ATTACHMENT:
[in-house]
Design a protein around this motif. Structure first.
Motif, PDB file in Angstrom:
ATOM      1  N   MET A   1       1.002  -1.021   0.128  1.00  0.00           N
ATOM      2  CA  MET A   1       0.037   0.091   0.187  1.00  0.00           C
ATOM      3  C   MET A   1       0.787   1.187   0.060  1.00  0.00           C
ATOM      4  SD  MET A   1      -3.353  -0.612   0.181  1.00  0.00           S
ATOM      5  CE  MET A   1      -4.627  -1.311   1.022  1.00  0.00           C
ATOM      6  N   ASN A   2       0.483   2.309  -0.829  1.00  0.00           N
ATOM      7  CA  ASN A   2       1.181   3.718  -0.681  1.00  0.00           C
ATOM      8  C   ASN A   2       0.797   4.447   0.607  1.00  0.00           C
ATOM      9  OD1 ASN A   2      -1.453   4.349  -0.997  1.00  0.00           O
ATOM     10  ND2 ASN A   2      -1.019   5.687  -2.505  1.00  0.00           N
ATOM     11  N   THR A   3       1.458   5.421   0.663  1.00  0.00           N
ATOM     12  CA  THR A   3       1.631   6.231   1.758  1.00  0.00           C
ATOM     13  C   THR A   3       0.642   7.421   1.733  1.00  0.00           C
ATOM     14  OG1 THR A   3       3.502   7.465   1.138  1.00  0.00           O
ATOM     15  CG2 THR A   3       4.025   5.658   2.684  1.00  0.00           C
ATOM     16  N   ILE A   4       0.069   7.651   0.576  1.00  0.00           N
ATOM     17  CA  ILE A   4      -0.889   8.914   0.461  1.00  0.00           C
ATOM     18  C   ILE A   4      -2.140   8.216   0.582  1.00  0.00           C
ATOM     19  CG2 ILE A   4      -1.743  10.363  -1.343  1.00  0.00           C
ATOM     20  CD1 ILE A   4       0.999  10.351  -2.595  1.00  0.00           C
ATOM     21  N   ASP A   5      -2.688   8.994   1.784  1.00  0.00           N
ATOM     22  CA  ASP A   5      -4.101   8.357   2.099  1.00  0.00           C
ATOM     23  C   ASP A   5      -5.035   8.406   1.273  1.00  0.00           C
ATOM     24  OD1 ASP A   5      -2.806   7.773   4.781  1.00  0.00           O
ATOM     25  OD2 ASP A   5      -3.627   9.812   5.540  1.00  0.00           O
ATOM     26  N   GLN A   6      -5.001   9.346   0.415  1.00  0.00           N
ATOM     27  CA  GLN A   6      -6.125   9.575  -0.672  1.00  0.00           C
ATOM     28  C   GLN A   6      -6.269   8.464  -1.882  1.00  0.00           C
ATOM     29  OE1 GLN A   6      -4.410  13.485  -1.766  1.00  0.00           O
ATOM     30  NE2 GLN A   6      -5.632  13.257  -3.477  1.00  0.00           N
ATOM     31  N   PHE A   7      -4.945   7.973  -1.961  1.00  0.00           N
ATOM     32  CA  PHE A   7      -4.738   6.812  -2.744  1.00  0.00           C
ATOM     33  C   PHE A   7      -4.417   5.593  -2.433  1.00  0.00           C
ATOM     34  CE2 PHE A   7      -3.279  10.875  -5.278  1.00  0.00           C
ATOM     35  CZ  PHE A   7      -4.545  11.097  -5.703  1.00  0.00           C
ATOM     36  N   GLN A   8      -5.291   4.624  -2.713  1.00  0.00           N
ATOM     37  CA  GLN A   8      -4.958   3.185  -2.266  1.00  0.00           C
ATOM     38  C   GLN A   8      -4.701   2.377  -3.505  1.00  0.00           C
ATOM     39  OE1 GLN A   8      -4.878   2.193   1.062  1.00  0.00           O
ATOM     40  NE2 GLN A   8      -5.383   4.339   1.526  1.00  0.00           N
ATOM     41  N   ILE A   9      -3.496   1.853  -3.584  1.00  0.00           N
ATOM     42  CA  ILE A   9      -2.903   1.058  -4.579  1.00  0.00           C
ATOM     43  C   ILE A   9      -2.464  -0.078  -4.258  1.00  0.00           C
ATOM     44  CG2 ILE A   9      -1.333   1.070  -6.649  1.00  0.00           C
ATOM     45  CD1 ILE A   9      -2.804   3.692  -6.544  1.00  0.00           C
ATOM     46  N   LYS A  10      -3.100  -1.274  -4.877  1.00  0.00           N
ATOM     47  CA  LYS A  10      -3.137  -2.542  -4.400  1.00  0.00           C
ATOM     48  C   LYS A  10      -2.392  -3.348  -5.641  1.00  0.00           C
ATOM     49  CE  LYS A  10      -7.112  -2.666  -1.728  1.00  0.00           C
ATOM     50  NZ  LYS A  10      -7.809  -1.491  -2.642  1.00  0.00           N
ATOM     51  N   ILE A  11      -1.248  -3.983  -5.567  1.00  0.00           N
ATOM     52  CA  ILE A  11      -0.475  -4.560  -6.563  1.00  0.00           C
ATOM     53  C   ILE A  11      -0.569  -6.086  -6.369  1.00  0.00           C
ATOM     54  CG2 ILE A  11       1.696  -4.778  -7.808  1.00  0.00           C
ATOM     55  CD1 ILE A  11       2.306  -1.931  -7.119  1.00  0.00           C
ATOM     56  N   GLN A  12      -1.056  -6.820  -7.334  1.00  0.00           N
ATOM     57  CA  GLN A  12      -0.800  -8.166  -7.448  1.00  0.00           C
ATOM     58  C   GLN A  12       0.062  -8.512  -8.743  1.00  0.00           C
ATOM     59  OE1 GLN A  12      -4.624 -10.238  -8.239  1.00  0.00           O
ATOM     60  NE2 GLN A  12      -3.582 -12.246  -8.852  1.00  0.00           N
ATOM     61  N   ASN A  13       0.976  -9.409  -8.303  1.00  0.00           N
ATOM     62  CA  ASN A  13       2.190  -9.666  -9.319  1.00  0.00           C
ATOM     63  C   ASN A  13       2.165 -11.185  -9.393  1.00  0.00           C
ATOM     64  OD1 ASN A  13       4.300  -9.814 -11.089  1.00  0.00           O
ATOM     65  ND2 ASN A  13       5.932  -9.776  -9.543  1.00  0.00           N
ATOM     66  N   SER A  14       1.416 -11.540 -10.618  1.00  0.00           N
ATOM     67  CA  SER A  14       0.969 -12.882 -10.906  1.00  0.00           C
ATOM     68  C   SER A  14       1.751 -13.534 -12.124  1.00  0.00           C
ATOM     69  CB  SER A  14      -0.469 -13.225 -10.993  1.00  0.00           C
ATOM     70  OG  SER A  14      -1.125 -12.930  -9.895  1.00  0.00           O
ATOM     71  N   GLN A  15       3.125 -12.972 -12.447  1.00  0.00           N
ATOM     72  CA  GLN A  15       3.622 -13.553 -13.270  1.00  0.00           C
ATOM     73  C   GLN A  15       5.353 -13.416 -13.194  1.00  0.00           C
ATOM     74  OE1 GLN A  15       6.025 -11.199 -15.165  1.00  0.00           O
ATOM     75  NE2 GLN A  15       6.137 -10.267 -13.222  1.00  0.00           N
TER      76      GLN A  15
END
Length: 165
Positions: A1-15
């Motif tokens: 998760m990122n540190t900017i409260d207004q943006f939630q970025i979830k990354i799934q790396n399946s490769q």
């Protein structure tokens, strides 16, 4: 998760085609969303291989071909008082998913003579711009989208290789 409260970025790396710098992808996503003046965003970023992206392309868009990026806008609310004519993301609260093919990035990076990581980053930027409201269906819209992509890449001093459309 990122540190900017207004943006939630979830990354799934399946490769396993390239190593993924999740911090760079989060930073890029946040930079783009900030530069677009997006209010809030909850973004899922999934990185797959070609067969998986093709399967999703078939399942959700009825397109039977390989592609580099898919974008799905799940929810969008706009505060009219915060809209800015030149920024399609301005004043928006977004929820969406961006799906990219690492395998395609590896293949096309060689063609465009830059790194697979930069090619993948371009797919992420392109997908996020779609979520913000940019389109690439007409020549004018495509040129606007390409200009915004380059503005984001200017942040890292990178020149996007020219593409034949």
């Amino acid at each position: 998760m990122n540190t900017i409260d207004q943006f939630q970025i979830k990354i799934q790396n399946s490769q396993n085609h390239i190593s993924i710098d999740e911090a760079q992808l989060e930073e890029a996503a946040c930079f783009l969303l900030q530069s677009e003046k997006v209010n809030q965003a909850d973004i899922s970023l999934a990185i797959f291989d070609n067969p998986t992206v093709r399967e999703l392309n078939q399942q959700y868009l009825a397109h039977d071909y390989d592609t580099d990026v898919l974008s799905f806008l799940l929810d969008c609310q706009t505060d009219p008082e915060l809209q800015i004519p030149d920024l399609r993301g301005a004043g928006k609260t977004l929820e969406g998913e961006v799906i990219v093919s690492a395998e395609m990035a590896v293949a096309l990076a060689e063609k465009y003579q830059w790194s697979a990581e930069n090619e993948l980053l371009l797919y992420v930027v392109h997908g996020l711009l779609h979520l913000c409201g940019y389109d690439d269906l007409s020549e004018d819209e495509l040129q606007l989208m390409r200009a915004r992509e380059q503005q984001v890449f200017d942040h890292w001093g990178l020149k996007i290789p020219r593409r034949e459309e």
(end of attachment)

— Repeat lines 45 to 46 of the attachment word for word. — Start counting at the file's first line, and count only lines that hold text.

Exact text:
ATOM     42  CA  ILE A   9      -2.903   1.058  -4.579  1.00  0.00           C
ATOM     43  C   ILE A   9      -2.464  -0.078  -4.258  1.00  0.00           C